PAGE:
Sonia Sotomayor Hearings Day 2 (Hour 2)

Tuesday, July 14, 2009

The hearings continue, as does the analysis. Guests include: Jami Floyd, host of "Best Defense" on In Session and part of the Clinton White house; Burt Neuborne, legal director at the Brennan Center for Justice at NYU; Erica Gonzalez, opinion page editor for El Diario-La Prensa, who is at the hearings; and Todd Zwillich, Takeaway Washington Correspondent. What's your take on the hearings? Post your real-time reactions below!


Jami Floyd, Erica Gonzalez, Burt Neuborne and Todd Zwillich

Comments [19]

Grad STudent at McGill from Montreal

When two sounds in a language are allowed to refer to the same phoneme, linguists call the two to be allophones in that phoneme

Jul. 14 2009 12:05 PM
hjs from 11211

i think it's orrin hatch.
if he bores me to death he should be held accountable

Jul. 14 2009 11:58 AM
HMI from Brooklyn

Both pronunciations of "disparate" are acceptable.

Jul. 14 2009 11:57 AM
Chicago Listener

He's trying to smear her. I dislike his tactics. Stay strong, Judge.

Jul. 14 2009 11:55 AM
hjs from 11211

wake me when leonard comes on the air

Jul. 14 2009 11:55 AM
Chicago Listener

You know, the Senator talking at 11:49am sounds awfully dismissive and quite a bit condescending toward Judge Sotomayor.

It would be nice if he would let her finish a sentence.

She seems pretty level-headed to me.

Jul. 14 2009 11:52 AM
Sandra from Astoria, Queens

HA, I love how she just subtly corrected his pronunciation of "disparate." It was bothering me.

Jul. 14 2009 11:52 AM
Grad in McGill who is an admitted atty in NY from montreal

All positivism says [Austin] is that law is a "command" from a sovereign. the sovrgn cld be a kng or cld be the people.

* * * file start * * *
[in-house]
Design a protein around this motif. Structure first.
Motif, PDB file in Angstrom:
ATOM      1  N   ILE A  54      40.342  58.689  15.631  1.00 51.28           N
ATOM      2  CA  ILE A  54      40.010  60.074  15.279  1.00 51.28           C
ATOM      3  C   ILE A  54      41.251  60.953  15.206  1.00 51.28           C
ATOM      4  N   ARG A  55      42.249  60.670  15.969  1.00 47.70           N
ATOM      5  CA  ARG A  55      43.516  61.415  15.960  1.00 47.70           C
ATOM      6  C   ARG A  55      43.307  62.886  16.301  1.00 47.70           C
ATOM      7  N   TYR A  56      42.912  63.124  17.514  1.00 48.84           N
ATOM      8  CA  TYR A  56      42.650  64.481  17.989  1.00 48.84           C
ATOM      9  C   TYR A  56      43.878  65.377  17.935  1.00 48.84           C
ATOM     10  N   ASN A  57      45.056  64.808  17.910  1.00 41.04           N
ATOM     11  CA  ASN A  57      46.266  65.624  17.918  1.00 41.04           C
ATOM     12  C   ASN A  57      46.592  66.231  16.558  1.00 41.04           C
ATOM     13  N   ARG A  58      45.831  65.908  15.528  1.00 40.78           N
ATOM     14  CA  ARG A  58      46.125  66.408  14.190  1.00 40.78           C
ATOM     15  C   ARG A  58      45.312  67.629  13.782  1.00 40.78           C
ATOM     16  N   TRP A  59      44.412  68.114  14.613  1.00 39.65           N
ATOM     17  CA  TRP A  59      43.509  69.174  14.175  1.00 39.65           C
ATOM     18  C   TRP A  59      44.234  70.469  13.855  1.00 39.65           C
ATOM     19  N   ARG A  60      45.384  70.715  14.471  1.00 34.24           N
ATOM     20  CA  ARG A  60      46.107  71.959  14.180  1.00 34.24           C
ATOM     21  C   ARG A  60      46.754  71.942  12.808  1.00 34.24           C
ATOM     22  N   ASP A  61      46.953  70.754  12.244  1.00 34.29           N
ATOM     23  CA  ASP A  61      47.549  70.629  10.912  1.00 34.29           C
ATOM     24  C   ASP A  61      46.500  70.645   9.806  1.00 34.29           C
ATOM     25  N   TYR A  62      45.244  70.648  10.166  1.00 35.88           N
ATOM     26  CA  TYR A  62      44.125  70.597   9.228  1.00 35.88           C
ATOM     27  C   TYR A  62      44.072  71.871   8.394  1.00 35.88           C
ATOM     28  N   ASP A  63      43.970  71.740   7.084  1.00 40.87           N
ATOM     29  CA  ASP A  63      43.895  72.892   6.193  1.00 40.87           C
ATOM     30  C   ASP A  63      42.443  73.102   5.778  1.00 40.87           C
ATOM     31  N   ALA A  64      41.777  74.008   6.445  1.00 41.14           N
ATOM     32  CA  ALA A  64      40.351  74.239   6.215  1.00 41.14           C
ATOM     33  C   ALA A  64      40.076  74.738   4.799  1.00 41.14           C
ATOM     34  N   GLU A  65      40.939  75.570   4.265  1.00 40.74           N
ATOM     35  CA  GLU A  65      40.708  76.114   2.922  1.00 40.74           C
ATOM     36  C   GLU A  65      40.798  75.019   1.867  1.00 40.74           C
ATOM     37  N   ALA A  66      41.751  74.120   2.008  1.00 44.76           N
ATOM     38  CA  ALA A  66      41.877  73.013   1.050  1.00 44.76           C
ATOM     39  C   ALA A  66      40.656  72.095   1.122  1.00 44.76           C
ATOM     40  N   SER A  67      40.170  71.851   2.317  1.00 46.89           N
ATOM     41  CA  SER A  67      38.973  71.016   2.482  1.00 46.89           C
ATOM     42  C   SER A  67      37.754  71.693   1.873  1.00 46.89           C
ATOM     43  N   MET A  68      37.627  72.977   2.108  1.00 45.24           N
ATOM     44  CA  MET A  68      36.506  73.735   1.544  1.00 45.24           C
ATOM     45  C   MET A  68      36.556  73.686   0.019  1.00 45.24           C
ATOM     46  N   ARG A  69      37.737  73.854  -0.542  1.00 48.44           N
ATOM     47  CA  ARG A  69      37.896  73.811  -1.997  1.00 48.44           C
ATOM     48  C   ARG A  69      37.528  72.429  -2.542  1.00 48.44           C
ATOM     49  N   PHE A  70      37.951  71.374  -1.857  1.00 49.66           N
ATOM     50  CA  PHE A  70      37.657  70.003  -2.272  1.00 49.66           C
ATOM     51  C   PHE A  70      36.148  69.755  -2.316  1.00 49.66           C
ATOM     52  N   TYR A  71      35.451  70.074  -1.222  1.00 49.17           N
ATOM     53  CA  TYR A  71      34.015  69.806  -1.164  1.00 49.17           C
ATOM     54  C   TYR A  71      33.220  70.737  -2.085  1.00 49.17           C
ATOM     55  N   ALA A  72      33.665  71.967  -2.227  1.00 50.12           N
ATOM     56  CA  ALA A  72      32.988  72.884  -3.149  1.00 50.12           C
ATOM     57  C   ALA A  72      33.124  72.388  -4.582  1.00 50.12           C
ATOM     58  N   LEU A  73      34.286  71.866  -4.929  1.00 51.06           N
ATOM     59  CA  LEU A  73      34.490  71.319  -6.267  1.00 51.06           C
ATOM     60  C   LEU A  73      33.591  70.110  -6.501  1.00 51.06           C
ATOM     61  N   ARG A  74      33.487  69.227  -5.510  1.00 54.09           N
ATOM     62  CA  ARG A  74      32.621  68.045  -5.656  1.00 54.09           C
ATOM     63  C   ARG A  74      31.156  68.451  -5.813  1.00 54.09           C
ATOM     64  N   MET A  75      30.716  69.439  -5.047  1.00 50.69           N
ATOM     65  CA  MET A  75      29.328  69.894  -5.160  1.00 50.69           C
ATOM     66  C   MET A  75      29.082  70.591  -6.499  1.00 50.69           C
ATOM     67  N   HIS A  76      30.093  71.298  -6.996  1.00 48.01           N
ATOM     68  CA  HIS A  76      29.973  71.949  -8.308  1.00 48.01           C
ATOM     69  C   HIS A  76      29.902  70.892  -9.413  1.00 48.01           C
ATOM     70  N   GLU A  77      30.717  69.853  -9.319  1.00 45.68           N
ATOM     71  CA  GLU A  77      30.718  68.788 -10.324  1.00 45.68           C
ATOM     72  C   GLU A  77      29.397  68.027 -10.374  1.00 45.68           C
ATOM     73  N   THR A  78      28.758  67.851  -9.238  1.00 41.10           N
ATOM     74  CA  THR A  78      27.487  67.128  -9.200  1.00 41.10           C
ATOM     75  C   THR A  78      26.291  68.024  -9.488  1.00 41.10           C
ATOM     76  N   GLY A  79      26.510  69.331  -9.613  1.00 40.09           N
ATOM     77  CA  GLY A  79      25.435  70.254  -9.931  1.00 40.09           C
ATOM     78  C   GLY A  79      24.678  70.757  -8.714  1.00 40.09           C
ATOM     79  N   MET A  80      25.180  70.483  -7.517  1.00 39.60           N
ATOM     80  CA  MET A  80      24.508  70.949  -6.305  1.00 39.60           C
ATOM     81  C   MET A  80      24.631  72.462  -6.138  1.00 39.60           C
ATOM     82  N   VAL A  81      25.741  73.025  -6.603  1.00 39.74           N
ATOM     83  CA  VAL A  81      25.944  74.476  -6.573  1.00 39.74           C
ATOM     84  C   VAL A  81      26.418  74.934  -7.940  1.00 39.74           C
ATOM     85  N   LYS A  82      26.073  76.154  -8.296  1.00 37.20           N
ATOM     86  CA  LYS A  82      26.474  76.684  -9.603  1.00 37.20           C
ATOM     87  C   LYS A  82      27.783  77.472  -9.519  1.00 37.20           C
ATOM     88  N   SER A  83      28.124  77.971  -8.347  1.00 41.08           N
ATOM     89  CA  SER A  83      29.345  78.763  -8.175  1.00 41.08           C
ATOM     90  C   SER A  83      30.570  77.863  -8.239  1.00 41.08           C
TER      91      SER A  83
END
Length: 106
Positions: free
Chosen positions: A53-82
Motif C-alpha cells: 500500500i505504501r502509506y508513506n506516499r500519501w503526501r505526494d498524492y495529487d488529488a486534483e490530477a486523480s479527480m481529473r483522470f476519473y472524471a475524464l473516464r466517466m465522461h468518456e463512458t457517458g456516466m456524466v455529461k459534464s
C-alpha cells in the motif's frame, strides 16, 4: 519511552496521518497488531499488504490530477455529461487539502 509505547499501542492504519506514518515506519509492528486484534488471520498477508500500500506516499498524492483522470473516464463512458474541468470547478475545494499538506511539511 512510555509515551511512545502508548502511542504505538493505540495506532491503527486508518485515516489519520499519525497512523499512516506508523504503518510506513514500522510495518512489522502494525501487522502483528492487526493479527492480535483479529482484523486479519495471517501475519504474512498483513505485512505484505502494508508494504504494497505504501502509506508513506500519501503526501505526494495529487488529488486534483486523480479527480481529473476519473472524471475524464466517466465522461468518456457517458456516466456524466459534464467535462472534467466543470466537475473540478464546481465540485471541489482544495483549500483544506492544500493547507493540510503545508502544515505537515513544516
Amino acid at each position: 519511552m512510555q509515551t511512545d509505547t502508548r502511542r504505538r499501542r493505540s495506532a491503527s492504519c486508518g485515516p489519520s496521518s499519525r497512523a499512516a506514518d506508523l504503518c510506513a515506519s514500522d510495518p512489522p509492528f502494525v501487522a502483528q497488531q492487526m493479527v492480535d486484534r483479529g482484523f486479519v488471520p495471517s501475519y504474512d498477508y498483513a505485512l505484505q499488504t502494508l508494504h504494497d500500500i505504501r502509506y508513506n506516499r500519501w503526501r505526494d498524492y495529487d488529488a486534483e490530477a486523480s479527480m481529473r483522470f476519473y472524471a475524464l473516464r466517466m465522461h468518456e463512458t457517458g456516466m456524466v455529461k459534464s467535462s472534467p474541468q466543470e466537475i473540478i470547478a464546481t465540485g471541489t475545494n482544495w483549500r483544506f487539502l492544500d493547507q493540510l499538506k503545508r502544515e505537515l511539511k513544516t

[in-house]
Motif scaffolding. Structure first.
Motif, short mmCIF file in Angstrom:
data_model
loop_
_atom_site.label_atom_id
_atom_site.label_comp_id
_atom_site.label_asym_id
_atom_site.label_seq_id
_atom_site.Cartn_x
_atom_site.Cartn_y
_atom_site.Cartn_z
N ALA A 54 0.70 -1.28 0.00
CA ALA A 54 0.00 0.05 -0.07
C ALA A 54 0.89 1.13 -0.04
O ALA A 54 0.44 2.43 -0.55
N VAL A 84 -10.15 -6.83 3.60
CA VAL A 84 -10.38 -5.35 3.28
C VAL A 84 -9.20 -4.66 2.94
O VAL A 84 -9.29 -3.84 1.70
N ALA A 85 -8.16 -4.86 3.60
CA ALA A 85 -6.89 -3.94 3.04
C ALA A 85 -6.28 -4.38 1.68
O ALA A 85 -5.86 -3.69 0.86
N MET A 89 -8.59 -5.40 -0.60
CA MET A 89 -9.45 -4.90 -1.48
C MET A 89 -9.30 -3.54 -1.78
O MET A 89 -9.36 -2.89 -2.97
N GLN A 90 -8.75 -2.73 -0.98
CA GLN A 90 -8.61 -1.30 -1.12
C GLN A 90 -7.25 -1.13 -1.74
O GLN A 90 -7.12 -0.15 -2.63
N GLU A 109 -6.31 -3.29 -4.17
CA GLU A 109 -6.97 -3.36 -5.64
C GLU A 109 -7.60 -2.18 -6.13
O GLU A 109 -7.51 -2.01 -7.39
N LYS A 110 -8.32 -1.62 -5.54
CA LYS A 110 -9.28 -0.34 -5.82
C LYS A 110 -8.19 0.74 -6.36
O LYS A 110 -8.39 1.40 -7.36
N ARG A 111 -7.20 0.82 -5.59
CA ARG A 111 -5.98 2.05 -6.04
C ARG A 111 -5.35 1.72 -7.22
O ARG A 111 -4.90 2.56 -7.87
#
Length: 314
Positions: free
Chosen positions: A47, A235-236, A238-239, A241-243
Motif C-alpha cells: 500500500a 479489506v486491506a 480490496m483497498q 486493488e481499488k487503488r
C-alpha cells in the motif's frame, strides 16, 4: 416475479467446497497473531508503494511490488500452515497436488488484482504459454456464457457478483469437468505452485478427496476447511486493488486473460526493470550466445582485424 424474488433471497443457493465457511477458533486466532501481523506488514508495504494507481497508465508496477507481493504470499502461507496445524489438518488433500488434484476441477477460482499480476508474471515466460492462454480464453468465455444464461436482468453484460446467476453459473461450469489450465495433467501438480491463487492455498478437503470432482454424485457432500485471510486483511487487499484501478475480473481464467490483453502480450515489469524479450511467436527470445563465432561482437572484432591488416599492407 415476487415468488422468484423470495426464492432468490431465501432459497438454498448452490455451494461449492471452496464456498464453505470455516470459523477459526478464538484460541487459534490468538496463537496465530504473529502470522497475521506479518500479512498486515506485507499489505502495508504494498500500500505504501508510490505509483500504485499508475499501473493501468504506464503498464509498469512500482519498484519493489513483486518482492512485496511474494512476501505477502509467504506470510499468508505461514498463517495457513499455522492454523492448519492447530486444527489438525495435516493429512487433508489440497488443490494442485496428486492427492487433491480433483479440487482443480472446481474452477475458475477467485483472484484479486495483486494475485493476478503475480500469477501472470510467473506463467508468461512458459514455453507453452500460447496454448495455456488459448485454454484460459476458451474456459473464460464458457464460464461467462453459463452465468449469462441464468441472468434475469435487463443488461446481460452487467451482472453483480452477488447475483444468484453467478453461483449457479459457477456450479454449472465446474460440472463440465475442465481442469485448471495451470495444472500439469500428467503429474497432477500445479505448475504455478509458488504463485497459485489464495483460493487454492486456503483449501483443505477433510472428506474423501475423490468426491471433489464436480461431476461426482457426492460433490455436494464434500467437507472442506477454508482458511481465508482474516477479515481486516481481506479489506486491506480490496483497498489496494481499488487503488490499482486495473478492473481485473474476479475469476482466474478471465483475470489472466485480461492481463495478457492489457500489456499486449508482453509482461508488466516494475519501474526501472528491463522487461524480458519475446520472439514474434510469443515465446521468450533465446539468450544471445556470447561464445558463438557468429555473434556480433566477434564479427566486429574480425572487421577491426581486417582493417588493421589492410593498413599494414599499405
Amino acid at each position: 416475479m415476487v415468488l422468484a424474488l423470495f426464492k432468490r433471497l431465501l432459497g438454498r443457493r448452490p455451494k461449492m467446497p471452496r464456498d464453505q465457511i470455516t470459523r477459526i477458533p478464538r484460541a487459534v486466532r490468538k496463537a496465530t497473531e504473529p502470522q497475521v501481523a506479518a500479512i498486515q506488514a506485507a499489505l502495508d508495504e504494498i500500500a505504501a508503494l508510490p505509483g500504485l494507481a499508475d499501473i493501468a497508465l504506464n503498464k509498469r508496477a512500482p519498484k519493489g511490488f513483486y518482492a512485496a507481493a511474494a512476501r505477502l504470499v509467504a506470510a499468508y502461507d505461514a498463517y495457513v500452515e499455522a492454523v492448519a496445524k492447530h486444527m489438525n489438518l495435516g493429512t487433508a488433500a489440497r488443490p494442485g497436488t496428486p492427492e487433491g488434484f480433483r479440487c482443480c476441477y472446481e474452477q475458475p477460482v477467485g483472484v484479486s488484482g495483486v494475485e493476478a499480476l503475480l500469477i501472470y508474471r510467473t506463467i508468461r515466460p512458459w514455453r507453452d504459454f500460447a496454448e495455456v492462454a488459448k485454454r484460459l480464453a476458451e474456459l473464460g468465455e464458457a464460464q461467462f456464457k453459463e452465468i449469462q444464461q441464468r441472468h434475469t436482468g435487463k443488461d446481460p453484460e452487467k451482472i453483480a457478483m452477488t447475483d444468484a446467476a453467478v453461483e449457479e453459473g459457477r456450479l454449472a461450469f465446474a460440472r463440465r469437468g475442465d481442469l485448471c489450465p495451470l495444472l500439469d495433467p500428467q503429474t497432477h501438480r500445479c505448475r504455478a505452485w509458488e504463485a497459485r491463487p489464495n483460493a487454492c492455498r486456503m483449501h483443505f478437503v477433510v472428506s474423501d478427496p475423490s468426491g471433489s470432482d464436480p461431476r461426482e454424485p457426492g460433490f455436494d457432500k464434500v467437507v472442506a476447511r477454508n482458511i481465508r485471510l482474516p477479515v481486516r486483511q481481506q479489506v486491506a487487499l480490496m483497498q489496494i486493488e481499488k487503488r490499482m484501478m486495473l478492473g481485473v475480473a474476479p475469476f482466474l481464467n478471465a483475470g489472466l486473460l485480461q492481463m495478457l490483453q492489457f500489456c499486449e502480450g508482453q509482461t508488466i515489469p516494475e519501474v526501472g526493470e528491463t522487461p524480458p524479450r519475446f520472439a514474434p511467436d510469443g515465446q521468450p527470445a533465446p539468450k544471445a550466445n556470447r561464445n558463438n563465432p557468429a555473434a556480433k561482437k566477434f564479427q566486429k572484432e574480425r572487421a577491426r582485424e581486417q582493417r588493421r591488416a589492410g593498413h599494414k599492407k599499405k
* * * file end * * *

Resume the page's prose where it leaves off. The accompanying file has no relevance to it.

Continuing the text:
HLA Hart expanded on it by requiring qu'il est necessaire pour il ya le pouvoir de punir

Jul. 14 2009 11:47 AM
Grad in McGill who is an admitted atty in NY from montreal

Wow, 14th Amendment incorporation doctrine.

Jul. 14 2009 11:39 AM
ceolaf from brooklyn

Sotomayor's position might be at odds with a basic assumption of our judicial system.

**Is there always/necessarily an objective reality and single true telling of events, and if so can we reliably/assuredly figure out what that is?**

(I point out that the second half of the question is really where the trouble comes in.)

Some believe that the answer to that question is an strong "Yes!" Others -- like Sotomayor -- cast quite a bit of doubt. Some take a positivist position on this, and other a more post-modern position. This is the issue in Rashomon.

Does our justice system assume that trial courts can reliably access what is true and objective reality? Does it assume that through trials and appeals and the rest that judges and justices may rest assured that they have The Truth in front of them?

I think that Sotomayor does not rest assured on this issue, and works hard to make her own thinking explicit in order to overcome her own the barriers to finding truth, and to help others to better ascertain whether she might have been successful.

Jul. 14 2009 11:37 AM
Grad STudent at McGill from Montreal

For the record, the Founders did not believe in a "natural" right to bear arms.

Jul. 14 2009 11:35 AM
hjs from 11211

that's what i don't get. it's like duh we are all shaped by experience, but i guess because she said it, on videotape...

Jul. 14 2009 11:32 AM